Cyber Monday was the biggest online shopping day in US history, with Americans spending an estimated $6.6 billion. But 100 years ago, locals of cities like New York would battle large crowds while shopping on busy streets. Photos pulled from the Library of Congress‘ archives show what it was like to shop in New York in the early 1900s. A lot has changed since then.
While the term “Black Friday” wasn’t officially coined until the 1960s, when Philadelphia police used it to refer to the day after Thanksgiving, hectic holiday shopping has been around for much longer than that.
Rocking horses, drums, and baby dolls were sold as gifts for children.
People often shopped along 42nd Street, near Fifth Avenue.
The sidewalks got packed.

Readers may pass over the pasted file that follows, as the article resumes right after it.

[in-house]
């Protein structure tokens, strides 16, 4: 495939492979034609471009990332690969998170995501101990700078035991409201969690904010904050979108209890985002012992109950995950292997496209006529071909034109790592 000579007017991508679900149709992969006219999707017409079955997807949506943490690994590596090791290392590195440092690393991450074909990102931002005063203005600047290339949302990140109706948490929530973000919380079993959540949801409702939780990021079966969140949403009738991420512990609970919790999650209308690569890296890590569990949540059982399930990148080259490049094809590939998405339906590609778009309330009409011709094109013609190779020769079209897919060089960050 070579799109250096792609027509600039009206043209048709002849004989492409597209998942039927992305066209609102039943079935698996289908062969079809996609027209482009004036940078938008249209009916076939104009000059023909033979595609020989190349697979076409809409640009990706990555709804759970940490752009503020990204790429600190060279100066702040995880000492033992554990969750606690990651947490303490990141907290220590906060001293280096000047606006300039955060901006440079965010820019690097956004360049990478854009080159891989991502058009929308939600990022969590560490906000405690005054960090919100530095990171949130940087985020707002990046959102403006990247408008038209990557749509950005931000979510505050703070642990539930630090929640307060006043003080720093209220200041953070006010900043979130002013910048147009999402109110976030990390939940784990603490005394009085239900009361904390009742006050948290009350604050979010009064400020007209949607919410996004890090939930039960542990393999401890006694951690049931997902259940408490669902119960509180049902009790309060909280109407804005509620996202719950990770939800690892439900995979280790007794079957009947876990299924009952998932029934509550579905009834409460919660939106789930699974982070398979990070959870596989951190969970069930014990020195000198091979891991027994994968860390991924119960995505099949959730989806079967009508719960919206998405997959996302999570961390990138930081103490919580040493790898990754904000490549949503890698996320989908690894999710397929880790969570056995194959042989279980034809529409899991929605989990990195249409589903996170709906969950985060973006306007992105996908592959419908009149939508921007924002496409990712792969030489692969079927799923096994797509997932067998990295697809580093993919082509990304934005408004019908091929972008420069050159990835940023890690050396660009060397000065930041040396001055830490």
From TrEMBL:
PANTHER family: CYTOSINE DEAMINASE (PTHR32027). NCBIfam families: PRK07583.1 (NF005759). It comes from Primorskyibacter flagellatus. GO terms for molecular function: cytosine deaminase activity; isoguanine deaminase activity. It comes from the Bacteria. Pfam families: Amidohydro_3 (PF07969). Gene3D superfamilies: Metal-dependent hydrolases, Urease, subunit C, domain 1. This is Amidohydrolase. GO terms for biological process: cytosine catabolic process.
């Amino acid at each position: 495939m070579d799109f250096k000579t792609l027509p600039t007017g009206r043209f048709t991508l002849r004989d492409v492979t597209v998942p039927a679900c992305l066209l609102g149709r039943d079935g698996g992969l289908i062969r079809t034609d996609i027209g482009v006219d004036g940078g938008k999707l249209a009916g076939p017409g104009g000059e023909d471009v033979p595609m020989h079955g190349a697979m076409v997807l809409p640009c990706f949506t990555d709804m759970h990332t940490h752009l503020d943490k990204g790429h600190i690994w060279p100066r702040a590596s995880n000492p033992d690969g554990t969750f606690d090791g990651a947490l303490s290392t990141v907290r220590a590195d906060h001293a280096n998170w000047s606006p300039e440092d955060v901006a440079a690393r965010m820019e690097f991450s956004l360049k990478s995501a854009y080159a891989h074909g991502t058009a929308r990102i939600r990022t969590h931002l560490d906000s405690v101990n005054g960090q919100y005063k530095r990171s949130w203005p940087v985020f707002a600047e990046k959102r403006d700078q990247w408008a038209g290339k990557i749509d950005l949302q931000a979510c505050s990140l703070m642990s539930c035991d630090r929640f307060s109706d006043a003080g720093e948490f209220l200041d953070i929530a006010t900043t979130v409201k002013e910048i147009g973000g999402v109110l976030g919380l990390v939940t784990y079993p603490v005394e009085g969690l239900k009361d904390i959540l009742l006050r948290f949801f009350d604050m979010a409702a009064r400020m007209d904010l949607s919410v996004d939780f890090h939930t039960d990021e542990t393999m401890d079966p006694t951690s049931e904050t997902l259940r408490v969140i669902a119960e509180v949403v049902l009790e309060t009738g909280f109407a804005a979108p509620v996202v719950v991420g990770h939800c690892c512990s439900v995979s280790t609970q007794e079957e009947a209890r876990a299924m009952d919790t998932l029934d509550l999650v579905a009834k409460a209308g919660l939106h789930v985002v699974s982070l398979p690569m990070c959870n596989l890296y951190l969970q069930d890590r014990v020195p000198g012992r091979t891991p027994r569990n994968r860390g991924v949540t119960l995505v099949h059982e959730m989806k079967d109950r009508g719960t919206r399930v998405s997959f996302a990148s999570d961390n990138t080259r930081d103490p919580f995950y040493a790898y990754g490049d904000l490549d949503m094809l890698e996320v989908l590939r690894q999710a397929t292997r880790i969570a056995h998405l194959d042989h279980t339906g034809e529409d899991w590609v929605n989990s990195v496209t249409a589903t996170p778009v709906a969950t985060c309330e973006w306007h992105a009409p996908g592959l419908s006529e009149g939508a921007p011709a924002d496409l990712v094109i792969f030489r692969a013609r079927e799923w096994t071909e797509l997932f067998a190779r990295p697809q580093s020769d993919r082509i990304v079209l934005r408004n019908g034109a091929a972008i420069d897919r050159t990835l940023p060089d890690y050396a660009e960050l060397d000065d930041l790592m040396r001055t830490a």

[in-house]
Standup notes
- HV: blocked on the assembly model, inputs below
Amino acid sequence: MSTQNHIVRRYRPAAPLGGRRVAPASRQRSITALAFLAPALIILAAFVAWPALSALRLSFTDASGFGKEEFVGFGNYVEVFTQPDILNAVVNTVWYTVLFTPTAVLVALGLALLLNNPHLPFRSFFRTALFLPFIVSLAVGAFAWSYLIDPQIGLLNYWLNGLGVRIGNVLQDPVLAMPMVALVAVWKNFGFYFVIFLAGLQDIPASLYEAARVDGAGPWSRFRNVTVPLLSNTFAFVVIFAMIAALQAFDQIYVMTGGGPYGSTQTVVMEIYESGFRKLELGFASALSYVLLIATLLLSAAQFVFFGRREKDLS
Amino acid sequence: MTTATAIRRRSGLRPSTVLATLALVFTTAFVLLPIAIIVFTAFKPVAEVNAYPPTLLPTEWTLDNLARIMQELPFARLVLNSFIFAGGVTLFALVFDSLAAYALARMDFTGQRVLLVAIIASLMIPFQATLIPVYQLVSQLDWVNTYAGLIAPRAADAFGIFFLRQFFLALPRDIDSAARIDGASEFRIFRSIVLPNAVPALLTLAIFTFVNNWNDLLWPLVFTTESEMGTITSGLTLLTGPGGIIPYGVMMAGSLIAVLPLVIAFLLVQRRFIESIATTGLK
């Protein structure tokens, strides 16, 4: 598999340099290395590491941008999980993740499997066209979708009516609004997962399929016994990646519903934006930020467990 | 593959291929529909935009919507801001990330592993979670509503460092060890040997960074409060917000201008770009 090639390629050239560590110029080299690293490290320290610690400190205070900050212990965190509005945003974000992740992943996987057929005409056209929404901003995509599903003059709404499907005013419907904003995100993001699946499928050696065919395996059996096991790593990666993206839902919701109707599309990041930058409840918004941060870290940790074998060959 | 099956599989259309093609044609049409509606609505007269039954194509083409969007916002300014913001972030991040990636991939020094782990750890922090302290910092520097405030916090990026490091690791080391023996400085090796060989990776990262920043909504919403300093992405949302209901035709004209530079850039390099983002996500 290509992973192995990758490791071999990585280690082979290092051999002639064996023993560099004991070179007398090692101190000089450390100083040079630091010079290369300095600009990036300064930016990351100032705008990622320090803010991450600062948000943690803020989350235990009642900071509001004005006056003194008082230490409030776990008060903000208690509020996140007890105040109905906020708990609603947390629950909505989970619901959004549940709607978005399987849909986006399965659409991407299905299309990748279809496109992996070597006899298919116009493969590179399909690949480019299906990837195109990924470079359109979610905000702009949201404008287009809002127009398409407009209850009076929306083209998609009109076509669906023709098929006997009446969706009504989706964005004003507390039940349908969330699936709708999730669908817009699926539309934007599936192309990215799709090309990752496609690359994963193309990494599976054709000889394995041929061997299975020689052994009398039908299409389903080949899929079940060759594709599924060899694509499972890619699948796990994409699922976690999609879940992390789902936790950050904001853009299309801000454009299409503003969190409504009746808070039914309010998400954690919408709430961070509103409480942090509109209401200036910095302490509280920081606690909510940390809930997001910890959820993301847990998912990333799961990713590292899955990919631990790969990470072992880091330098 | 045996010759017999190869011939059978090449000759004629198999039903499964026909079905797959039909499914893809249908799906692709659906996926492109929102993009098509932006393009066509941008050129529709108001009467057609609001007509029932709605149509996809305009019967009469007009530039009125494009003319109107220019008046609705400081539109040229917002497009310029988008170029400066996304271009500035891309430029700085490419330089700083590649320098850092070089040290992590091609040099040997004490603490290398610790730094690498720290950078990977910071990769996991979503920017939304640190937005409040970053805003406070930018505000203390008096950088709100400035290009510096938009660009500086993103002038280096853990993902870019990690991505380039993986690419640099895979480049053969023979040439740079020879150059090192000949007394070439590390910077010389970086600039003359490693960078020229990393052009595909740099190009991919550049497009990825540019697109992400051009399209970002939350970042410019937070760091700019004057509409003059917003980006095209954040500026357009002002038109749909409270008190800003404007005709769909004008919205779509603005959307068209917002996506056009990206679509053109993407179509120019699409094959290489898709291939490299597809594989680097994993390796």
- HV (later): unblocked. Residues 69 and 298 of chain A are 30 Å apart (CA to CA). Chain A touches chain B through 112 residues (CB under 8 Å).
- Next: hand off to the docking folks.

Women and children donated items to the Salvation Army Christmas dinner.
Even in the early 1900s, storefronts decked out their windows with Christmas displays
though some were more elaborate than others.
Men dressed as Santa stood in the streets, collecting charity donations.
Christmas-themed postcards were sold by street vendors.
Some cards cost only one cent.
Toy birds were also sold on the street.
Children would gaze and gawk at the toys.
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